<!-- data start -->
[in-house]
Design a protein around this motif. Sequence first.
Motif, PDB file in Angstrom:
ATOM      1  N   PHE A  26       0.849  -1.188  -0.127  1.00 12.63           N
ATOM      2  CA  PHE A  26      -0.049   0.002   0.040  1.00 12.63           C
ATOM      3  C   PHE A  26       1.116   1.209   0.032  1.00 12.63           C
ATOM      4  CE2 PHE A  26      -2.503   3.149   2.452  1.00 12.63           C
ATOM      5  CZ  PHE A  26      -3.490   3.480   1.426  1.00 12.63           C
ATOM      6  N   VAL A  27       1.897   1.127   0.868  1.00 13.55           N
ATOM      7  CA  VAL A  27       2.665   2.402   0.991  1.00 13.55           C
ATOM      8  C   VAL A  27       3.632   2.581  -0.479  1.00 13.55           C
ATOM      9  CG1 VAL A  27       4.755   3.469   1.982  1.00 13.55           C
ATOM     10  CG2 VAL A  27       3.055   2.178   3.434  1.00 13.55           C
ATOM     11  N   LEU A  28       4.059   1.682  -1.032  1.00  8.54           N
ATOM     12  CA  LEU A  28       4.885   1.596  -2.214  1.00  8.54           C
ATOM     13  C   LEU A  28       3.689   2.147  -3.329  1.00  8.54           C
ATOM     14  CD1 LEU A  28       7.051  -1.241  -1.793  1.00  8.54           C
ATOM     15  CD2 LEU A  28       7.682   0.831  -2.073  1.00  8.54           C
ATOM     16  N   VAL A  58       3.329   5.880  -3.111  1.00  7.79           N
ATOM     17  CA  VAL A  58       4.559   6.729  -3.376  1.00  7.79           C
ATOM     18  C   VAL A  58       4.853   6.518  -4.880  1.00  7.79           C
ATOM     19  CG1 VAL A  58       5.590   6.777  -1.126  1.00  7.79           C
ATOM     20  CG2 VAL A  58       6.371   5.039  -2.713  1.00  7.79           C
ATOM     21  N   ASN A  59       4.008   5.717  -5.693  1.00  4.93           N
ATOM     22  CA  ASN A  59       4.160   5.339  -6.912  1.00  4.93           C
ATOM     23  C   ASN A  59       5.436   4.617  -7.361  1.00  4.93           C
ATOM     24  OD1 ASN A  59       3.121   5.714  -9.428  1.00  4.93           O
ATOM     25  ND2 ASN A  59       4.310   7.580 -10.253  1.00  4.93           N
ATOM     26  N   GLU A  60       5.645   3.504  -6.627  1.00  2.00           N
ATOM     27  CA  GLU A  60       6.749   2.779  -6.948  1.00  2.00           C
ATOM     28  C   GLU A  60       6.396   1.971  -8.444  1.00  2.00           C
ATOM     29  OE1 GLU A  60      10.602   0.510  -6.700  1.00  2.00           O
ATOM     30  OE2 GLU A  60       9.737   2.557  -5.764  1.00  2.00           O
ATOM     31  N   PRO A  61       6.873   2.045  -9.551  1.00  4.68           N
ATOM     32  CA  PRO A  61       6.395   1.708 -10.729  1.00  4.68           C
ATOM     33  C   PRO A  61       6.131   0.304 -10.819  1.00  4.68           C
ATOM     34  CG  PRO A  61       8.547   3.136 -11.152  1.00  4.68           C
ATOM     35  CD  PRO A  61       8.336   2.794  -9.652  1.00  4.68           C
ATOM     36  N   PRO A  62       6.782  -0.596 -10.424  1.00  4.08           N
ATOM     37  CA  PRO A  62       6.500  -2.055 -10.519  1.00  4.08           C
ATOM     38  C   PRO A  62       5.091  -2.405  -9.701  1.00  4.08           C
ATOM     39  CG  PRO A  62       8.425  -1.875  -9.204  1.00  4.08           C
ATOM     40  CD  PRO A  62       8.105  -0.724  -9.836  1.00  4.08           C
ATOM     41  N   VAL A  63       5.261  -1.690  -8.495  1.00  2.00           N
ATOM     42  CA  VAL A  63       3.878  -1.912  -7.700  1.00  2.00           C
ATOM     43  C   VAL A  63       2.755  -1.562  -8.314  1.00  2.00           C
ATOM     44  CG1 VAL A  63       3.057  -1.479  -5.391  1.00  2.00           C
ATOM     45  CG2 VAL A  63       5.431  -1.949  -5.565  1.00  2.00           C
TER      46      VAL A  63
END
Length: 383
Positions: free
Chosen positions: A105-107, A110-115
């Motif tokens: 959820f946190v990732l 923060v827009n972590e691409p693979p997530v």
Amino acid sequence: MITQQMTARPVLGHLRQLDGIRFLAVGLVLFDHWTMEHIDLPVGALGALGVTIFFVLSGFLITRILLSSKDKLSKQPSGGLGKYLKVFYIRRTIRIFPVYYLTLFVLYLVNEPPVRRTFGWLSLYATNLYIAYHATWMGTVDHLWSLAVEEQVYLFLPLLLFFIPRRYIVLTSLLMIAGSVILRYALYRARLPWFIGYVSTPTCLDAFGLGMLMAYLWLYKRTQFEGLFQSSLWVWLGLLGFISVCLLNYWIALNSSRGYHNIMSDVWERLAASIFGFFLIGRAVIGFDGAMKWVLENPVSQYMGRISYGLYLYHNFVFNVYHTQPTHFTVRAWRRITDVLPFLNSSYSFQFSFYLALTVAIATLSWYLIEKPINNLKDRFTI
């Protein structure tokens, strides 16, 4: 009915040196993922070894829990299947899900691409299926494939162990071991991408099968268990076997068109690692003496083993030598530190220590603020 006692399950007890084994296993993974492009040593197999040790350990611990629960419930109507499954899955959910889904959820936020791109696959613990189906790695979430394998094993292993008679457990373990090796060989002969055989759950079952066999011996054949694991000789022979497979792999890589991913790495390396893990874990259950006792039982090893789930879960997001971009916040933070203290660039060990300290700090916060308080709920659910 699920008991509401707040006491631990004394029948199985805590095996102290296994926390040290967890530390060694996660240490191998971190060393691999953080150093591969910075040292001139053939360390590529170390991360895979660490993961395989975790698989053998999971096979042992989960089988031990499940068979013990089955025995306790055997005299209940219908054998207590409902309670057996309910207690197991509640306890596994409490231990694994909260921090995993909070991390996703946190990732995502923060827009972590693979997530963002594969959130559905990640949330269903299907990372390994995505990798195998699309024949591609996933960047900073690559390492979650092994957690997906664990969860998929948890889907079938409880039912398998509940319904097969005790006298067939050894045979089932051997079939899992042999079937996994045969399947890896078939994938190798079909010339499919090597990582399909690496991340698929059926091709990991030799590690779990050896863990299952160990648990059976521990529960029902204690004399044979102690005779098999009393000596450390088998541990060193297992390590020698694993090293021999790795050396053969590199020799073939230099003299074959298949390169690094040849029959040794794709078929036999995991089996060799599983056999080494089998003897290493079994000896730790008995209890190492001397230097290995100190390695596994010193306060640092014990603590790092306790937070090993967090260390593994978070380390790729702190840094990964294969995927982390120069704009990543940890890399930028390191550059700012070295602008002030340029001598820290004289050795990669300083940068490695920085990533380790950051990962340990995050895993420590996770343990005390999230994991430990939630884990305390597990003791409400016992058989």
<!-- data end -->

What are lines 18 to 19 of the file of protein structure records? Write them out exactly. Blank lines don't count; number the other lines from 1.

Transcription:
ATOM     15  CD2 LEU A  28       7.682   0.831  -2.073  1.00  8.54           C
ATOM     16  N   VAL A  58       3.329   5.880  -3.111  1.00  7.79           N